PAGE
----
Jason was the one to leave the job first, no surprise; I think it was within a year or so after the heist. Melissa stayed on for several more years, before quitting to follow the man who became her first husband across the country to California. That left Walter and me, the lifers, until both of us retired at around the same time approximately ten years ago.
And now, poor Walter is dead. Philip (no longer the first violinist) had a performance earlier this evening and so, though I’m sad, we had to go. Afterward, we went out for a drink and toasted Walter, and I couldn’t help but think of Chez Tortoni.
Back home, as I stood in front of the bathroom mirror applying cold cream to my face, a lifelong ritual, I just happened to see the clock out of the corner of my eye: it was after one in the morning, the time of the robbery. As I slowly wiped the cleanser over my face and examined the crows feet, and the marionette lines around my mouth, I thought about the effects of time, and of the lines as cracks in my façade; and then I thought about the tiny pieces of the paintings as they lay on the museum floor.
Looking back on the moment of the heist from this sleepless night in my seventy-seventh year, I realize that I was still young then. Now Walter’s gone, and I haven’t a clue about Jason or his whereabouts, but I did hear from Melissa not long ago; her mother had died recently, and she said she thought of me. She’s back in Connecticut, divorced, remarried, and she has a daughter. Meanwhile, the stolen art has never been recovered.
Robin Lippincott: "I have published six books, most recently Blue Territory: A Meditation on the Life and Art of Joan Mitchell. My novel Our Arcadia was likened to a pointillist painting. For ten years I reviewed mostly art and photography books for The New York Times Book Review. I teach in the MFA Program of the Naslund-Mann Graduate School of Writing at Spalding University, and live in the Boston area."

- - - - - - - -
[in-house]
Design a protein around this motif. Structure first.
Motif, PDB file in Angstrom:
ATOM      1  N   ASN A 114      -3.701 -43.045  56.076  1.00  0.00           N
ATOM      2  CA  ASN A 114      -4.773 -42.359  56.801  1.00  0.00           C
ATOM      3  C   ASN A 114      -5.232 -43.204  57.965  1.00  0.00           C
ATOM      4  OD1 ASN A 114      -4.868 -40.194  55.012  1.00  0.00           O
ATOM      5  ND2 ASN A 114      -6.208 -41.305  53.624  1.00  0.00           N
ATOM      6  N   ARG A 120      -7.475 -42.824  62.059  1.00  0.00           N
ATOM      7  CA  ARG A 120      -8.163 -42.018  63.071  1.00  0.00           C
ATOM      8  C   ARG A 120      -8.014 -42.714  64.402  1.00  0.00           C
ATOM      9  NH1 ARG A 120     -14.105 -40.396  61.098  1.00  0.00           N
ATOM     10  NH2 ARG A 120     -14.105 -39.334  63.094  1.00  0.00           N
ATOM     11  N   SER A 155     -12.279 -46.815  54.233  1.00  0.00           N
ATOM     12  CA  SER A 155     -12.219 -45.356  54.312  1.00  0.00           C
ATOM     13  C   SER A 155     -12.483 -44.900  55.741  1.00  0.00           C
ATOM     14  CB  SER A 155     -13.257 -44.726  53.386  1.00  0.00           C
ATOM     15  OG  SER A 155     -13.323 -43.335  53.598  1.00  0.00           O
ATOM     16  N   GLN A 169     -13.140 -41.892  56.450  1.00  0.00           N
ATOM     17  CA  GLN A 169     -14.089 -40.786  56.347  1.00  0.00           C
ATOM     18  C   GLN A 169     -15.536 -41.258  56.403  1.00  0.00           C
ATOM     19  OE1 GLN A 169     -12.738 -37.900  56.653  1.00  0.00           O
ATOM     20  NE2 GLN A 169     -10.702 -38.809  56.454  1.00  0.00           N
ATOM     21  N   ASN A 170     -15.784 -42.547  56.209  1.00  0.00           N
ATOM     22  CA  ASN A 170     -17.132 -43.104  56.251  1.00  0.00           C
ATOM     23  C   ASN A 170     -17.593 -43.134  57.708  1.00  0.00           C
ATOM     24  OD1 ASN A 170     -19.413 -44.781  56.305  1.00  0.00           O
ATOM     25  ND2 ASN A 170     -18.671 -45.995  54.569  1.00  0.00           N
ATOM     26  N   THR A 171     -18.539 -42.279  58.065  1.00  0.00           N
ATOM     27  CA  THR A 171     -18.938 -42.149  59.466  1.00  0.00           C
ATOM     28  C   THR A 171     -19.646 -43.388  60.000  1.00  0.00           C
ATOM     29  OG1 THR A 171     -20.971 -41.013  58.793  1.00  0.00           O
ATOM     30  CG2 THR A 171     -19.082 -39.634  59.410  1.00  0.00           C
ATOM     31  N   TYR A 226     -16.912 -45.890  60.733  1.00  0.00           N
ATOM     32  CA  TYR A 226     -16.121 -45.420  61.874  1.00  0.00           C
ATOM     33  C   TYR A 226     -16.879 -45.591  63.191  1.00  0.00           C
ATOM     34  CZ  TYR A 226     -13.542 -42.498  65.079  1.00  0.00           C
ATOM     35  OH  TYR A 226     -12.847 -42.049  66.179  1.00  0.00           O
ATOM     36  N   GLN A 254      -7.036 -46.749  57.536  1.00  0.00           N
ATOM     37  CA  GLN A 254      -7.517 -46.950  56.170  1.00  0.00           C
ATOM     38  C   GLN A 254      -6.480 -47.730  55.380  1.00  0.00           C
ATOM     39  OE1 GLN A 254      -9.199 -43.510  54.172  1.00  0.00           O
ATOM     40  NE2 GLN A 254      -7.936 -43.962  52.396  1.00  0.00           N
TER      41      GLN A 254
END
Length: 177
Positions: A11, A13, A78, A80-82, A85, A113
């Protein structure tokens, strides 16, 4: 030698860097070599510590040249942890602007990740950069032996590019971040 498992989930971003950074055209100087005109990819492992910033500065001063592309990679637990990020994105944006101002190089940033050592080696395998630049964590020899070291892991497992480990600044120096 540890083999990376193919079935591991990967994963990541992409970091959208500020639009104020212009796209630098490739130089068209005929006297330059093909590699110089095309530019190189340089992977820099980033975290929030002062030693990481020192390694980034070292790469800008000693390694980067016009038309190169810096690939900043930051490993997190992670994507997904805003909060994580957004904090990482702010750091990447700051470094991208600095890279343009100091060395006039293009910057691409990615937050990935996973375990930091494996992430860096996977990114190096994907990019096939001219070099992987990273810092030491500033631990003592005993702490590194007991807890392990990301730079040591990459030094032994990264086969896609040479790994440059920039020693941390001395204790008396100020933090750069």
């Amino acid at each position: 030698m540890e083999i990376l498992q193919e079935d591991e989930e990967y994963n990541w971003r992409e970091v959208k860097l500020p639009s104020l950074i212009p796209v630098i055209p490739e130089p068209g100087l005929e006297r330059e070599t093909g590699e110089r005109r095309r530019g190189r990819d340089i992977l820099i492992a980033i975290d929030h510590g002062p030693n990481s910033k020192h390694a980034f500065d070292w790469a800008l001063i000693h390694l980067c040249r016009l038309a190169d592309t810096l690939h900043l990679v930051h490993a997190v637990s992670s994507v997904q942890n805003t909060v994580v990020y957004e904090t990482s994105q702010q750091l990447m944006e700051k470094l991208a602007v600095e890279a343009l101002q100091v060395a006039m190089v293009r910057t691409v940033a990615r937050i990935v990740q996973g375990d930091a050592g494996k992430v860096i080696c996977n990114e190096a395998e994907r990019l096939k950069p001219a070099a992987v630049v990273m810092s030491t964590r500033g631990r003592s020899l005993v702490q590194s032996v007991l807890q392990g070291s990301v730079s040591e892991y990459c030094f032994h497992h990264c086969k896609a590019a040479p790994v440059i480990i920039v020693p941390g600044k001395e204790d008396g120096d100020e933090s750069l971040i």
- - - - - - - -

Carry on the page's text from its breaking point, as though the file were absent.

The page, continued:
Pollock’s Dance, by Jennifer Wenn
Up ahead, pulsing on the wall,
lonely, larger than life,
an intricate multi-layered web poised to
ensnare in a fractal labyrinth
vibrating to primeval rhythms;
black, silver and ochre edge splotches
rim a zone where at last a voice
was transiently found away from
addiction’s deadly cacophony;
black striations cast
from the unconscious
dash down and diagonal
interlaced with white filigree
weaving a harmonic balance,
ochre stick figures behind the veil
flash in primal surge and flow
with hidden portraits,
all knit together by
teal and gray webbing,
the quiet foundation for
a dance of drip, pour and fling:
gaze down, genuflect and circle your
once and future monumental canvas,
swirl in sub rosa silhouettes,
sling the foundation splashes,
decant knots of pain and joy,
sweep sidestep, sweep sidestep, sweep sidestep,
gently drizzle and dribble,
slash and lash,
lovingly trickle and trill,
skip round and round,
circle and wheel,
coil and meander,
flick step, flick step, flick step,
drip, fling and pour forth
this eternal moment,
a priceless interlude reaped
from a drunken whirlwind,
consuming death defied
by passionate life.